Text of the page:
symbiosis (Fowler et al., 2013
). Synthetic N fertilizer is the biggest source of N added to intensive cropping systems. Ideally, fertilizer is applied to match temporal plant N demands, but rarely is such synchrony attained because of logistical, economic, and biological contraints, so that a large fraction of this reactive N is typically lost. Large amounts of N are also added in animal manures-globally this amount exceeds that of N fertilizer (Bouwman et al., 2013
)-but this N primarily represents recycling of N originally fixed industrially or biologically. Gaseous N escaping from soil affects radiative forcing directly through the emission of N2O and indirectly because emissions of N oxides, such as NO2 and NO (together known as NOx
), affect atmospheric concentrations of other greenhouse gases, especially ozone (O3) and methane (CH4). Ammonia emissions from soil (especially soils receiving urea fertilizers or livestock manure) also contribute to aerosol formation, and eventually may be converted to NOx
or N2O. The emissions of N2O come primarily from agricultural soils and contribute to climate warming on short- and long-timescales. In this review, we focus primarily on emissions of N2O, the dominant nitrogenous greenhouse gas, and NOx
, because of its close biochemical links to N2O. Only a small portion (about 0.5-3%) of N applied to cropped soils is emitted as N2O (Stehfest and Bouwman, 2006
; Linquist et al., 2012
) but these emissions make a major contribution to the overall greenhouse gas budget (Robertson et al., 2013
) because N2O is such a potent contributor to radiative forcing, with each molecule about 265 times more effective than a molecule of CO2 in absorbing out-going long-wave solar radiation on a 100-year time frame (IPCC, 2013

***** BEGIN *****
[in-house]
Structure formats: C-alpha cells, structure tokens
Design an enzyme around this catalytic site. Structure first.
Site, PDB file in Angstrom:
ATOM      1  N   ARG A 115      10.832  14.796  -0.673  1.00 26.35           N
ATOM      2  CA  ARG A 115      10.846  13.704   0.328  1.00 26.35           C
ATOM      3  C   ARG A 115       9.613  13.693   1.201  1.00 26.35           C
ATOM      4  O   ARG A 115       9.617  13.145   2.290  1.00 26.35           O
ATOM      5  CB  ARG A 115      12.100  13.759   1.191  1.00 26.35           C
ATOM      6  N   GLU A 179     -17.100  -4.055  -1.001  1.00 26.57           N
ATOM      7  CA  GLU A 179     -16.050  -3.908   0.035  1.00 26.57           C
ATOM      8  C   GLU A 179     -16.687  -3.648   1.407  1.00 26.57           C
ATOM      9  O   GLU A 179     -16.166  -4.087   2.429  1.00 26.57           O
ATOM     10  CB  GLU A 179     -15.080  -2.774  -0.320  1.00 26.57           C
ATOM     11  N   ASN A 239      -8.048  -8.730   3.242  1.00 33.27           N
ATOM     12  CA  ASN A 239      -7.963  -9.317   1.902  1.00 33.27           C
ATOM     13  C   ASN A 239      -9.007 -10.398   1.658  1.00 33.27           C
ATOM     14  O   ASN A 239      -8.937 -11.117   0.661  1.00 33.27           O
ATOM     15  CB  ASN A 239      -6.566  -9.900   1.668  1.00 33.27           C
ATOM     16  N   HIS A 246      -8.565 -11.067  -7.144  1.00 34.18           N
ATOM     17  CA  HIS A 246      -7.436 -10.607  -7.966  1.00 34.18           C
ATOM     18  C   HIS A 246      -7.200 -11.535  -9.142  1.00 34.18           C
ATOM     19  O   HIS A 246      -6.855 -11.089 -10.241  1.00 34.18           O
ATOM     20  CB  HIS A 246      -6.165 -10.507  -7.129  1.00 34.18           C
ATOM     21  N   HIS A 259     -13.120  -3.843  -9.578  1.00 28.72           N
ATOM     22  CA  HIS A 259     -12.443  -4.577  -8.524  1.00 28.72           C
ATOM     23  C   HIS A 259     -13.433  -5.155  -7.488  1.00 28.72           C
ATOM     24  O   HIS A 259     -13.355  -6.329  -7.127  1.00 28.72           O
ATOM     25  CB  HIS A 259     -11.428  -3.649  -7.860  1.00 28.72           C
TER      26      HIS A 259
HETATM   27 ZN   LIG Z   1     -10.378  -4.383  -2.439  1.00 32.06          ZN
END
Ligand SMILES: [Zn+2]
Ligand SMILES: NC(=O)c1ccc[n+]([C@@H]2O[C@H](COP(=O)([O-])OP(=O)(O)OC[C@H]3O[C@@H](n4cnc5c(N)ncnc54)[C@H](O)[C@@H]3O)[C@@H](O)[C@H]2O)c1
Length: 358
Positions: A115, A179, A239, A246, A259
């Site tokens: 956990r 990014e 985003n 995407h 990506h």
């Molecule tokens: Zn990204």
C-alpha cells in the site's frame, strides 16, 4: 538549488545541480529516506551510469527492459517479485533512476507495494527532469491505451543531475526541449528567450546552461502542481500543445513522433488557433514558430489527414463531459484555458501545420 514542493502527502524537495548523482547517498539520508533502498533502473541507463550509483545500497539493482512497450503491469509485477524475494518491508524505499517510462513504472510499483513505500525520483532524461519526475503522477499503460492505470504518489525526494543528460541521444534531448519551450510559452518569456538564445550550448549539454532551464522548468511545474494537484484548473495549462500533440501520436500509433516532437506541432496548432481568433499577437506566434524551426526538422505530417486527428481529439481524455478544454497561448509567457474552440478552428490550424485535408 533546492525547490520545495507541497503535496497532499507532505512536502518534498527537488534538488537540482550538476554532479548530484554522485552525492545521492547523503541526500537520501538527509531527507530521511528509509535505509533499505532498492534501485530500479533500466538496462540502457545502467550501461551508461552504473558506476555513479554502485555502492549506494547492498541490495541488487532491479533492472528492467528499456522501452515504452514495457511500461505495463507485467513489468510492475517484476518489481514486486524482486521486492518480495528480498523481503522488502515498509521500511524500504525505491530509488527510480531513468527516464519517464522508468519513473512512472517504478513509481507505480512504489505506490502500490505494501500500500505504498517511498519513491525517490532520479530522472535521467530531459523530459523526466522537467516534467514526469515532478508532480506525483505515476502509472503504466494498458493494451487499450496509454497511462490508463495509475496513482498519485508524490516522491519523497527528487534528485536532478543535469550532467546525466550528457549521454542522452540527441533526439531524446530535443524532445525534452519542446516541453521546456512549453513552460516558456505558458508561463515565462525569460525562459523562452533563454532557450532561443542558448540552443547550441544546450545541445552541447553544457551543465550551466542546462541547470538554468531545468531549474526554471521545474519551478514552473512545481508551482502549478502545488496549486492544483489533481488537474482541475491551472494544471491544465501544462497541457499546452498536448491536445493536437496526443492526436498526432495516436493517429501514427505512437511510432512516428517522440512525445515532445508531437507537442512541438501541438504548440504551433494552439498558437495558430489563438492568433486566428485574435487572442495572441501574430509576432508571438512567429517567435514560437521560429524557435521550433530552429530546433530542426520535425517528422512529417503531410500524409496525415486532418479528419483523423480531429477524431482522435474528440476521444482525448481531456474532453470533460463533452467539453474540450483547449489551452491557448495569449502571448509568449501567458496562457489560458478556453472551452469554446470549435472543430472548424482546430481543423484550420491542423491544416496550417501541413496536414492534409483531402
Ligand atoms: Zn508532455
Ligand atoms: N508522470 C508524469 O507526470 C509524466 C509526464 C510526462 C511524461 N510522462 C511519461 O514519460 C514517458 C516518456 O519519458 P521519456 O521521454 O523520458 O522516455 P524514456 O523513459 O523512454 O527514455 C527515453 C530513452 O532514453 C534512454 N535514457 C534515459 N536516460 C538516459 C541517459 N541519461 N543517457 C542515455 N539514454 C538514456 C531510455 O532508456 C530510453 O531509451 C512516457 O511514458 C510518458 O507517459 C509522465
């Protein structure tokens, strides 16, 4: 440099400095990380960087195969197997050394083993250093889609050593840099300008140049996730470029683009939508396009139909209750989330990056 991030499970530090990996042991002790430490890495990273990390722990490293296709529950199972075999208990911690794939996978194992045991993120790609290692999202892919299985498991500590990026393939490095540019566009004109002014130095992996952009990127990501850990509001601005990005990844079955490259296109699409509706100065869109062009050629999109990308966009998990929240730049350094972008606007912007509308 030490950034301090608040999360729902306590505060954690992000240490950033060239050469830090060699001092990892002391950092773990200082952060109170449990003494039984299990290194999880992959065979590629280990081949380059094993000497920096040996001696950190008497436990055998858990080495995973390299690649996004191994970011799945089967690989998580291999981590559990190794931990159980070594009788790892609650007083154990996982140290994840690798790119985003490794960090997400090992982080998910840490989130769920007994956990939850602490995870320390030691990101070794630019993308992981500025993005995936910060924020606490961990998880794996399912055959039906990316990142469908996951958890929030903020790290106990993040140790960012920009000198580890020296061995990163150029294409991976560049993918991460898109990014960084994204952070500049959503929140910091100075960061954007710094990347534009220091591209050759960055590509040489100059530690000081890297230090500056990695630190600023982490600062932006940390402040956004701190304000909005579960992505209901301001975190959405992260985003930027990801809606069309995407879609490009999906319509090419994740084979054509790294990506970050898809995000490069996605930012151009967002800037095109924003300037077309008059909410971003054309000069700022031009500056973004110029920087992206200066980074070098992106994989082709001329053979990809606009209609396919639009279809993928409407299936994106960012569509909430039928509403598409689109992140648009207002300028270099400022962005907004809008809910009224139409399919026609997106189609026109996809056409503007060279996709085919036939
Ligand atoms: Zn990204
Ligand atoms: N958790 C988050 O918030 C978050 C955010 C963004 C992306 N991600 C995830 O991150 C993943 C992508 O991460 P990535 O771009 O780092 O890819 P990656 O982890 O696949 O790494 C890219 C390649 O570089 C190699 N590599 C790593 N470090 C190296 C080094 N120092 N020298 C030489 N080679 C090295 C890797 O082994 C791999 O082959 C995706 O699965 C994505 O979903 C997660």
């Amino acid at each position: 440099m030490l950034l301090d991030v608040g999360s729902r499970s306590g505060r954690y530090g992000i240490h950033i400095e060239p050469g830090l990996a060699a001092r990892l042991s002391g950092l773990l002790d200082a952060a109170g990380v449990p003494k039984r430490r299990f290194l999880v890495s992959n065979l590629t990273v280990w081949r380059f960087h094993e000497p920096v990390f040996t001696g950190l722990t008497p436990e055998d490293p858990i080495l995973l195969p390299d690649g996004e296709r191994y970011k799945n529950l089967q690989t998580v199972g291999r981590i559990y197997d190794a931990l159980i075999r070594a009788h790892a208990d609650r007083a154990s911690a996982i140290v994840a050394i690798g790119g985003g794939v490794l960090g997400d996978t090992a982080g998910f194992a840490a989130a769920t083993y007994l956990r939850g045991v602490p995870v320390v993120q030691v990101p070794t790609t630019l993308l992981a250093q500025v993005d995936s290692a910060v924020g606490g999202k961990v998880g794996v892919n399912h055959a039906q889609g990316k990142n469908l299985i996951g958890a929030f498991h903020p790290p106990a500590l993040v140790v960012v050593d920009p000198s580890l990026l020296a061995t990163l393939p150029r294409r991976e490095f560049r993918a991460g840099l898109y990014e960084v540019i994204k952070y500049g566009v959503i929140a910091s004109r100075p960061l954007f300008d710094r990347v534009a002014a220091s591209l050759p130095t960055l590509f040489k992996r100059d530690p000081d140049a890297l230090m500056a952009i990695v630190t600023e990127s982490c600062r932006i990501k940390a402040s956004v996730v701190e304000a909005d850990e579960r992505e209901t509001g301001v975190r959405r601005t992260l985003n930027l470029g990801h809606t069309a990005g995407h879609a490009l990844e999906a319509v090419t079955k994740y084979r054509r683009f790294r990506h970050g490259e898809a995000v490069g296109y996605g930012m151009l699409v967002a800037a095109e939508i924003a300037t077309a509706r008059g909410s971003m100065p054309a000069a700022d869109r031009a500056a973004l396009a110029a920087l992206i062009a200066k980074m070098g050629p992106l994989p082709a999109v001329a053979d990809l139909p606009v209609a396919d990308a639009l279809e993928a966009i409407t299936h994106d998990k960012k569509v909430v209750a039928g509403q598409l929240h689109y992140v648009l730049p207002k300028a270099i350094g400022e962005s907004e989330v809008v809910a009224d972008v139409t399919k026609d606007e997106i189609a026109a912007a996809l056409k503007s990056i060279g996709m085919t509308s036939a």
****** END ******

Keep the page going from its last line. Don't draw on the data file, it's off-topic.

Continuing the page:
). The estimated loss of N, as a proportion of that applied, varies widely because of soil variability, interactions with weather, and uncertainty of measurements.
2.1. Atmospheric Fates and Consequences of N Gases
Behavior of N2O and NO varies among layers of the atmosphere. N2O is inert in the lower atmosphere (i.e., troposphere) where it has a mean residence time of more than 100 years, but in the upper atmosphere (i.e., stratosphere) it participates in photochemical reactions that destroy ozone (O3), which absorbs most of the incoming high-frequency UV radiation (Ravishankara et al., 2009
). In contrast, NO participates in tropospheric photochemical reaction that produce O3 and its mean residence time there is too short for it to reach the stratosphere where it might destroy O3. In the troposphere NOx
is a key factor in the creation of O3, which reacts with other atmospheric chemicals that affect crop productivity and human health. As a strong oxidant, O3 can cause severe leaf damage (e.g., chlorosis, necrosis, and lesion formation (Vainonen and Kangäsjarvi, 2014
) and interferes with the ability of plants to produce and store carbohydrates (Betzelberger et al., 2012
). Continued exposure to O3 can make sensitive plant species more susceptible to damage from disease, insects, and severe weather (EPA, 2014